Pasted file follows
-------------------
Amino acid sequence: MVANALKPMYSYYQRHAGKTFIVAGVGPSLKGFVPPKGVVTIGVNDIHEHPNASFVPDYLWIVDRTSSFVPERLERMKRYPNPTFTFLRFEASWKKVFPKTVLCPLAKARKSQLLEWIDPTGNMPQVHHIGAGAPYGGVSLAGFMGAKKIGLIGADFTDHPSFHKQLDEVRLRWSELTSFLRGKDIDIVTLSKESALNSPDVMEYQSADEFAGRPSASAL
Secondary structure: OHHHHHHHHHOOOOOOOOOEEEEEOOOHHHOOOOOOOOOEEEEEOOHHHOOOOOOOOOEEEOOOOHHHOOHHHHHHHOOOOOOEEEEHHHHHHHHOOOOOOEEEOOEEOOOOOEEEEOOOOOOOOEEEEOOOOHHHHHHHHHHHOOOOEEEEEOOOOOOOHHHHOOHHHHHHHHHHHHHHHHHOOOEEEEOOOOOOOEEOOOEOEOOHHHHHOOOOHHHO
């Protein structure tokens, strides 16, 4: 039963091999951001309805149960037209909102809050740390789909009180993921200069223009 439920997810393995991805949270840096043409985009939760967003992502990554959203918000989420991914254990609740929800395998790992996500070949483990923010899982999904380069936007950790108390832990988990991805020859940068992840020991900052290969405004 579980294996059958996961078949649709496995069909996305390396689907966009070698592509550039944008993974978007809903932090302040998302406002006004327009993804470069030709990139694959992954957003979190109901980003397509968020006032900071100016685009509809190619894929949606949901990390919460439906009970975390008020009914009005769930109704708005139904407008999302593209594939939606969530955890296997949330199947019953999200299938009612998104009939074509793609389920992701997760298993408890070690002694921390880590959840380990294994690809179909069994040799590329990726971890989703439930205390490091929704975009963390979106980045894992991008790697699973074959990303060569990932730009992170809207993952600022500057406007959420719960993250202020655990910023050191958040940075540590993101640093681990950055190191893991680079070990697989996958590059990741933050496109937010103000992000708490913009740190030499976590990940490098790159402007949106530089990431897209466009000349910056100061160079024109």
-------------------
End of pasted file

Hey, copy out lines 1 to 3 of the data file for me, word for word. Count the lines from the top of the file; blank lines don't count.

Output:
Amino acid sequence: MVANALKPMYSYYQRHAGKTFIVAGVGPSLKGFVPPKGVVTIGVNDIHEHPNASFVPDYLWIVDRTSSFVPERLERMKRYPNPTFTFLRFEASWKKVFPKTVLCPLAKARKSQLLEWIDPTGNMPQVHHIGAGAPYGGVSLAGFMGAKKIGLIGADFTDHPSFHKQLDEVRLRWSELTSFLRGKDIDIVTLSKESALNSPDVMEYQSADEFAGRPSASAL
Secondary structure: OHHHHHHHHHOOOOOOOOOEEEEEOOOHHHOOOOOOOOOEEEEEOOHHHOOOOOOOOOEEEOOOOHHHOOHHHHHHHOOOOOOEEEEHHHHHHHHOOOOOOEEEOOEEOOOOOEEEEOOOOOOOOEEEEOOOOHHHHHHHHHHHOOOOEEEEEOOOOOOOHHHHOOHHHHHHHHHHHHHHHHHOOOEEEEOOOOOOOEEOOOEOEOOHHHHHOOOOHHHO
């Protein structure tokens, strides 16, 4: 039963091999951001309805149960037209909102809050740390789909009180993921200069223009 439920997810393995991805949270840096043409985009939760967003992502990554959203918000989420991914254990609740929800395998790992996500070949483990923010899982999904380069936007950790108390832990988990991805020859940068992840020991900052290969405004 579980294996059958996961078949649709496995069909996305390396689907966009070698592509550039944008993974978007809903932090302040998302406002006004327009993804470069030709990139694959992954957003979190109901980003397509968020006032900071100016685009509809190619894929949606949901990390919460439906009970975390008020009914009005769930109704708005139904407008999302593209594939939606969530955890296997949330199947019953999200299938009612998104009939074509793609389920992701997760298993408890070690002694921390880590959840380990294994690809179909069994040799590329990726971890989703439930205390490091929704975009963390979106980045894992991008790697699973074959990303060569990932730009992170809207993952600022500057406007959420719960993250202020655990910023050191958040940075540590993101640093681990950055190191893991680079070990697989996958590059990741933050496109937010103000992000708490913009740190030499976590990940490098790159402007949106530089990431897209466009000349910056100061160079024109």